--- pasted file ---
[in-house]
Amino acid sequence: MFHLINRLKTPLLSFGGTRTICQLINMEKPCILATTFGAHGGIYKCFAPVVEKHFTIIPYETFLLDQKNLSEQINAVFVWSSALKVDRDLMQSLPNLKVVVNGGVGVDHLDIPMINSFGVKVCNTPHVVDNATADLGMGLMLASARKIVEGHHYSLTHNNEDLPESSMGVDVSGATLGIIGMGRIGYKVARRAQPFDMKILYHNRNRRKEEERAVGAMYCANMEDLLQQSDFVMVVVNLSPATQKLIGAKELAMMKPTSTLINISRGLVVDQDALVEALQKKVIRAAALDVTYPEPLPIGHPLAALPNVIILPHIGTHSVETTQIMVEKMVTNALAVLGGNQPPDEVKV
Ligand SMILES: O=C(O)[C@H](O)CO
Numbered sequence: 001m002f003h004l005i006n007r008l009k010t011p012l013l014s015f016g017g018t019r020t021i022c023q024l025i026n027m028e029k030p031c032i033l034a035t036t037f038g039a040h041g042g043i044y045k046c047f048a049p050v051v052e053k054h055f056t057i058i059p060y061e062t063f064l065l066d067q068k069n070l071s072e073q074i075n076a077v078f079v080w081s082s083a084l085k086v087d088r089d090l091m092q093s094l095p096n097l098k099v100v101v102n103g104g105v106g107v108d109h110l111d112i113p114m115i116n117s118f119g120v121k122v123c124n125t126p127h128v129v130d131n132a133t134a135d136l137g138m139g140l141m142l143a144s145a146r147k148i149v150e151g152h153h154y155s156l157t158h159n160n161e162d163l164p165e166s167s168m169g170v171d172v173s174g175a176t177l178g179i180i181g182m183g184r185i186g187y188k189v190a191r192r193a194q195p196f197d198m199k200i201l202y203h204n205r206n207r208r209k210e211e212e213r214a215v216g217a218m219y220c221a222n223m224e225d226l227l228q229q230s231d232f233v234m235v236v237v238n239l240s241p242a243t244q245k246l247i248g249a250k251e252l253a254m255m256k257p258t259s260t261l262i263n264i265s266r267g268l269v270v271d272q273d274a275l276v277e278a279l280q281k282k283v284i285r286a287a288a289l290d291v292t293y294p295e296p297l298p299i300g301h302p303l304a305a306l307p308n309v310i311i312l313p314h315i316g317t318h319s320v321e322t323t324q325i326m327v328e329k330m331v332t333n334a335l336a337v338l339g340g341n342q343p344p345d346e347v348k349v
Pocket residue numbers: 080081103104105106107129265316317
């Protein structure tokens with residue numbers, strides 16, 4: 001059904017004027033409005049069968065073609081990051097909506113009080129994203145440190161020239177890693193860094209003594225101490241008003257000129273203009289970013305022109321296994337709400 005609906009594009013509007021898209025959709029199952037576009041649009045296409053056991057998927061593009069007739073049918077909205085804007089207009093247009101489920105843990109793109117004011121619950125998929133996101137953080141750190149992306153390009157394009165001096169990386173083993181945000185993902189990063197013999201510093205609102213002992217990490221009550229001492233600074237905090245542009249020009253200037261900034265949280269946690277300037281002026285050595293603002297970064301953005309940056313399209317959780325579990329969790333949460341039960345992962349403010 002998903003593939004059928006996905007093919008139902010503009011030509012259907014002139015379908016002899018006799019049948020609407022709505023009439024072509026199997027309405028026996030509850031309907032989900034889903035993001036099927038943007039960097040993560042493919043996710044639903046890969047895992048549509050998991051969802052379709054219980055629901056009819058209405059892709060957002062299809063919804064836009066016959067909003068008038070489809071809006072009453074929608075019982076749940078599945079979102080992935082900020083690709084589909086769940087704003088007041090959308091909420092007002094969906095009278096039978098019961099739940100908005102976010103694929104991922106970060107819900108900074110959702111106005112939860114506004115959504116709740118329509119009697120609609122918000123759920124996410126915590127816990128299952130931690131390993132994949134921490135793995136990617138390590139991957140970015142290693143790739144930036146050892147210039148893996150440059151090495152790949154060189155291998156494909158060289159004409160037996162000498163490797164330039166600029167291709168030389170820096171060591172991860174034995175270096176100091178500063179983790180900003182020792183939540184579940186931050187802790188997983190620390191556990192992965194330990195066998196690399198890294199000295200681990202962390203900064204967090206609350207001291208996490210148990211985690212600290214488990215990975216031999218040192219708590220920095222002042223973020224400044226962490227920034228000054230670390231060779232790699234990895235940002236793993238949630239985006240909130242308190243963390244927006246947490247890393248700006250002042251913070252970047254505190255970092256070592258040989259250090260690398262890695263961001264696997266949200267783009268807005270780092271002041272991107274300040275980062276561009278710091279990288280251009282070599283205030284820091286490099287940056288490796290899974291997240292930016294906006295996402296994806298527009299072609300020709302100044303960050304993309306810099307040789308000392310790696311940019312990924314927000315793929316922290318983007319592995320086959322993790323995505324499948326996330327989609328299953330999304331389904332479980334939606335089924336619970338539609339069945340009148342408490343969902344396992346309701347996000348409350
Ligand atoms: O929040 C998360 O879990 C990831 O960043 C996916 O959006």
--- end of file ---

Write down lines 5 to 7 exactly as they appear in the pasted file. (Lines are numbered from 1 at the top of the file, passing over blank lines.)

Pocket residue numbers: 080081103104105106107129265316317
């Protein structure tokens with residue numbers, strides 16, 4: 001059904017004027033409005049069968065073609081990051097909506113009080129994203145440190161020239177890693193860094209003594225101490241008003257000129273203009289970013305022109321296994337709400 005609906009594009013509007021898209025959709029199952037576009041649009045296409053056991057998927061593009069007739073049918077909205085804007089207009093247009101489920105843990109793109117004011121619950125998929133996101137953080141750190149992306153390009157394009165001096169990386173083993181945000185993902189990063197013999201510093205609102213002992217990490221009550229001492233600074237905090245542009249020009253200037261900034265949280269946690277300037281002026285050595293603002297970064301953005309940056313399209317959780325579990329969790333949460341039960345992962349403010 002998903003593939004059928006996905007093919008139902010503009011030509012259907014002139015379908016002899018006799019049948020609407022709505023009439024072509026199997027309405028026996030509850031309907032989900034889903035993001036099927038943007039960097040993560042493919043996710044639903046890969047895992048549509050998991051969802052379709054219980055629901056009819058209405059892709060957002062299809063919804064836009066016959067909003068008038070489809071809006072009453074929608075019982076749940078599945079979102080992935082900020083690709084589909086769940087704003088007041090959308091909420092007002094969906095009278096039978098019961099739940100908005102976010103694929104991922106970060107819900108900074110959702111106005112939860114506004115959504116709740118329509119009697120609609122918000123759920124996410126915590127816990128299952130931690131390993132994949134921490135793995136990617138390590139991957140970015142290693143790739144930036146050892147210039148893996150440059151090495152790949154060189155291998156494909158060289159004409160037996162000498163490797164330039166600029167291709168030389170820096171060591172991860174034995175270096176100091178500063179983790180900003182020792183939540184579940186931050187802790188997983190620390191556990192992965194330990195066998196690399198890294199000295200681990202962390203900064204967090206609350207001291208996490210148990211985690212600290214488990215990975216031999218040192219708590220920095222002042223973020224400044226962490227920034228000054230670390231060779232790699234990895235940002236793993238949630239985006240909130242308190243963390244927006246947490247890393248700006250002042251913070252970047254505190255970092256070592258040989259250090260690398262890695263961001264696997266949200267783009268807005270780092271002041272991107274300040275980062276561009278710091279990288280251009282070599283205030284820091286490099287940056288490796290899974291997240292930016294906006295996402296994806298527009299072609300020709302100044303960050304993309306810099307040789308000392310790696311940019312990924314927000315793929316922290318983007319592995320086959322993790323995505324499948326996330327989609328299953330999304331389904332479980334939606335089924336619970338539609339069945340009148342408490343969902344396992346309701347996000348409350
Ligand atoms: O929040 C998360 O879990 C990831 O960043 C996916 O959006």